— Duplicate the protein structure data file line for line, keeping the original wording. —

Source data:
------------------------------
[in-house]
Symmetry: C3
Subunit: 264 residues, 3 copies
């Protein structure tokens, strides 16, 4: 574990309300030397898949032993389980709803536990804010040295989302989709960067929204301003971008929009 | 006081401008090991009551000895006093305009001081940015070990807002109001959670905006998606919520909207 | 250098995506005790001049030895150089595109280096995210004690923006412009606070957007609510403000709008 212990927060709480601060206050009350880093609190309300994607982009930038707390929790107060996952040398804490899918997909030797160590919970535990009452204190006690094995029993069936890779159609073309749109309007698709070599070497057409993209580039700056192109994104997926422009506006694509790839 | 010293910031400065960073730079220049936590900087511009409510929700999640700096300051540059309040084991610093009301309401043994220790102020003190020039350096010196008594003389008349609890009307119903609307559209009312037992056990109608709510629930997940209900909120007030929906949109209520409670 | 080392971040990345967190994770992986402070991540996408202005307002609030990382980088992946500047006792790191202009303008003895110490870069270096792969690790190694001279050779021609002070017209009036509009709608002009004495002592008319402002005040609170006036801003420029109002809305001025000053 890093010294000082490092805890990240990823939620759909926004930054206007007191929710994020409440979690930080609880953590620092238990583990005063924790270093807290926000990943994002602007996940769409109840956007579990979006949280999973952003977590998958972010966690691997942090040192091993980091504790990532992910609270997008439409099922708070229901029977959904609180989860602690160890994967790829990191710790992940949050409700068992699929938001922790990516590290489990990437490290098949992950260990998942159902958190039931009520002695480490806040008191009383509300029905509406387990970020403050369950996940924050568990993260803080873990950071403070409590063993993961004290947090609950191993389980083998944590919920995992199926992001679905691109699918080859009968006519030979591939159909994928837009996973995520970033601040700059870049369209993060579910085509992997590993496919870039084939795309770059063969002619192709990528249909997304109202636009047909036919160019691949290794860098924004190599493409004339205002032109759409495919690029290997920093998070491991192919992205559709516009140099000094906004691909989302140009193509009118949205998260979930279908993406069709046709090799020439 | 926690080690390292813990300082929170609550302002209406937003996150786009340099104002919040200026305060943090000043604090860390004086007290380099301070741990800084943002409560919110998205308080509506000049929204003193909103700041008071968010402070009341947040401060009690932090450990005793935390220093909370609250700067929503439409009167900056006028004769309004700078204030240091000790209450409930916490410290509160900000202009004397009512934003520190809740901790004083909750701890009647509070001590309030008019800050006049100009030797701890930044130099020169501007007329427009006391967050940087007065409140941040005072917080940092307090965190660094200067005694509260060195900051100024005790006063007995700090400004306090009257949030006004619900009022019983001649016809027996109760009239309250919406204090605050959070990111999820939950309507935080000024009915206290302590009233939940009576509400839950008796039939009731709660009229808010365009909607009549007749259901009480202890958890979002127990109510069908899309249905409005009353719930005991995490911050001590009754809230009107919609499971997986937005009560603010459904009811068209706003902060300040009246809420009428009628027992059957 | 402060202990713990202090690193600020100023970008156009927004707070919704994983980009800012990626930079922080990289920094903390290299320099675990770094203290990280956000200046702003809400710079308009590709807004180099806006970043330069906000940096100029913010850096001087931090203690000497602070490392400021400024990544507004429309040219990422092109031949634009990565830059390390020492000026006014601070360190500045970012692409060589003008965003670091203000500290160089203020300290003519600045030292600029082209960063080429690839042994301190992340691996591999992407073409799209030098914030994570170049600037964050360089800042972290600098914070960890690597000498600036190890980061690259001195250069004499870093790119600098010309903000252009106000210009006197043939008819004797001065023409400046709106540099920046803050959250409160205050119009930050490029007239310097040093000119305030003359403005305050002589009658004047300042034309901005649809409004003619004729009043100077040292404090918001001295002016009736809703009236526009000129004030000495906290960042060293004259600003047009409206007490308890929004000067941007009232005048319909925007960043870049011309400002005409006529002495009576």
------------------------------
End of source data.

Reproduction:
[in-house]
Symmetry: C3
Subunit: 264 residues, 3 copies
């Protein structure tokens, strides 16, 4: 574990309300030397898949032993389980709803536990804010040295989302989709960067929204301003971008929009 | 006081401008090991009551000895006093305009001081940015070990807002109001959670905006998606919520909207 | 250098995506005790001049030895150089595109280096995210004690923006412009606070957007609510403000709008 212990927060709480601060206050009350880093609190309300994607982009930038707390929790107060996952040398804490899918997909030797160590919970535990009452204190006690094995029993069936890779159609073309749109309007698709070599070497057409993209580039700056192109994104997926422009506006694509790839 | 010293910031400065960073730079220049936590900087511009409510929700999640700096300051540059309040084991610093009301309401043994220790102020003190020039350096010196008594003389008349609890009307119903609307559209009312037992056990109608709510629930997940209900909120007030929906949109209520409670 | 080392971040990345967190994770992986402070991540996408202005307002609030990382980088992946500047006792790191202009303008003895110490870069270096792969690790190694001279050779021609002070017209009036509009709608002009004495002592008319402002005040609170006036801003420029109002809305001025000053 890093010294000082490092805890990240990823939620759909926004930054206007007191929710994020409440979690930080609880953590620092238990583990005063924790270093807290926000990943994002602007996940769409109840956007579990979006949280999973952003977590998958972010966690691997942090040192091993980091504790990532992910609270997008439409099922708070229901029977959904609180989860602690160890994967790829990191710790992940949050409700068992699929938001922790990516590290489990990437490290098949992950260990998942159902958190039931009520002695480490806040008191009383509300029905509406387990970020403050369950996940924050568990993260803080873990950071403070409590063993993961004290947090609950191993389980083998944590919920995992199926992001679905691109699918080859009968006519030979591939159909994928837009996973995520970033601040700059870049369209993060579910085509992997590993496919870039084939795309770059063969002619192709990528249909997304109202636009047909036919160019691949290794860098924004190599493409004339205002032109759409495919690029290997920093998070491991192919992205559709516009140099000094906004691909989302140009193509009118949205998260979930279908993406069709046709090799020439 | 926690080690390292813990300082929170609550302002209406937003996150786009340099104002919040200026305060943090000043604090860390004086007290380099301070741990800084943002409560919110998205308080509506000049929204003193909103700041008071968010402070009341947040401060009690932090450990005793935390220093909370609250700067929503439409009167900056006028004769309004700078204030240091000790209450409930916490410290509160900000202009004397009512934003520190809740901790004083909750701890009647509070001590309030008019800050006049100009030797701890930044130099020169501007007329427009006391967050940087007065409140941040005072917080940092307090965190660094200067005694509260060195900051100024005790006063007995700090400004306090009257949030006004619900009022019983001649016809027996109760009239309250919406204090605050959070990111999820939950309507935080000024009915206290302590009233939940009576509400839950008796039939009731709660009229808010365009909607009549007749259901009480202890958890979002127990109510069908899309249905409005009353719930005991995490911050001590009754809230009107919609499971997986937005009560603010459904009811068209706003902060300040009246809420009428009628027992059957 | 402060202990713990202090690193600020100023970008156009927004707070919704994983980009800012990626930079922080990289920094903390290299320099675990770094203290990280956000200046702003809400710079308009590709807004180099806006970043330069906000940096100029913010850096001087931090203690000497602070490392400021400024990544507004429309040219990422092109031949634009990565830059390390020492000026006014601070360190500045970012692409060589003008965003670091203000500290160089203020300290003519600045030292600029082209960063080429690839042994301190992340691996591999992407073409799209030098914030994570170049600037964050360089800042972290600098914070960890690597000498600036190890980061690259001195250069004499870093790119600098010309903000252009106000210009006197043939008819004797001065023409400046709106540099920046803050959250409160205050119009930050490029007239310097040093000119305030003359403005305050002589009658004047300042034309901005649809409004003619004729009043100077040292404090918001001295002016009736809703009236526009000129004030000495906290960042060293004259600003047009409206007490308890929004000067941007009232005048319909925007960043870049011309400002005409006529002495009576």